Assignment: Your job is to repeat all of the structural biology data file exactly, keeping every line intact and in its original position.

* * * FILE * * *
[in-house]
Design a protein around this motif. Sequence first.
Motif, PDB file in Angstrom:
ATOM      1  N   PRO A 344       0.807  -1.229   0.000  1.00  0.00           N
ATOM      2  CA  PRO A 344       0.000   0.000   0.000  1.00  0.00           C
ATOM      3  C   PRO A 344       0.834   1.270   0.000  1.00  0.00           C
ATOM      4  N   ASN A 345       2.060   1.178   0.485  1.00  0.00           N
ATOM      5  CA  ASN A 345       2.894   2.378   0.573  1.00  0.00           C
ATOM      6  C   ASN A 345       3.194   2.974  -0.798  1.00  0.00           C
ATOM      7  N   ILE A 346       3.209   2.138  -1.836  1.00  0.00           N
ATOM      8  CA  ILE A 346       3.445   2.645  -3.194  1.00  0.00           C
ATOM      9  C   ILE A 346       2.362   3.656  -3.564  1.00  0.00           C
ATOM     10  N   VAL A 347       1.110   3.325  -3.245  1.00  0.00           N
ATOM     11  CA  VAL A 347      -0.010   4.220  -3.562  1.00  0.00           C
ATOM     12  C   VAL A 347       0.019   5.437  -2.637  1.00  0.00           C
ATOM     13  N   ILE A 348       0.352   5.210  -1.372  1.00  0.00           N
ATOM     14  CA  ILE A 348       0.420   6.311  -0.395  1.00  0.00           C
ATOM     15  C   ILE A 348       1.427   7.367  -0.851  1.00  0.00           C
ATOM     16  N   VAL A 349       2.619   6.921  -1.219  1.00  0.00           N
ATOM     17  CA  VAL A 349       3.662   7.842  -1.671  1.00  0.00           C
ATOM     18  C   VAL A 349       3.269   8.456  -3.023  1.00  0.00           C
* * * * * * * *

[in-house]
Design a protein around this motif. Sequence first.
Motif, PDB file in Angstrom:
ATOM      1  N   PRO A 344       0.807  -1.229   0.000  1.00  0.00           N
ATOM      2  CA  PRO A 344       0.000   0.000   0.000  1.00  0.00           C
ATOM      3  C   PRO A 344       0.834   1.270   0.000  1.00  0.00           C
ATOM      4  N   ASN A 345       2.060   1.178   0.485  1.00  0.00           N
ATOM      5  CA  ASN A 345       2.894   2.378   0.573  1.00  0.00           C
ATOM      6  C   ASN A 345       3.194   2.974  -0.798  1.00  0.00           C
ATOM      7  N   ILE A 346       3.209   2.138  -1.836  1.00  0.00           N
ATOM      8  CA  ILE A 346       3.445   2.645  -3.194  1.00  0.00           C
ATOM      9  C   ILE A 346       2.362   3.656  -3.564  1.00  0.00           C
ATOM     10  N   VAL A 347       1.110   3.325  -3.245  1.00  0.00           N
ATOM     11  CA  VAL A 347      -0.010   4.220  -3.562  1.00  0.00           C
ATOM     12  C   VAL A 347       0.019   5.437  -2.637  1.00  0.00           C
ATOM     13  N   ILE A 348       0.352   5.210  -1.372  1.00  0.00           N
ATOM     14  CA  ILE A 348       0.420   6.311  -0.395  1.00  0.00           C
ATOM     15  C   ILE A 348       1.427   7.367  -0.851  1.00  0.00           C
ATOM     16  N   VAL A 349       2.619   6.921  -1.219  1.00  0.00           N
ATOM     17  CA  VAL A 349       3.662   7.842  -1.671  1.00  0.00           C
ATOM     18  C   VAL A 349       3.269   8.456  -3.023  1.00  0.00           C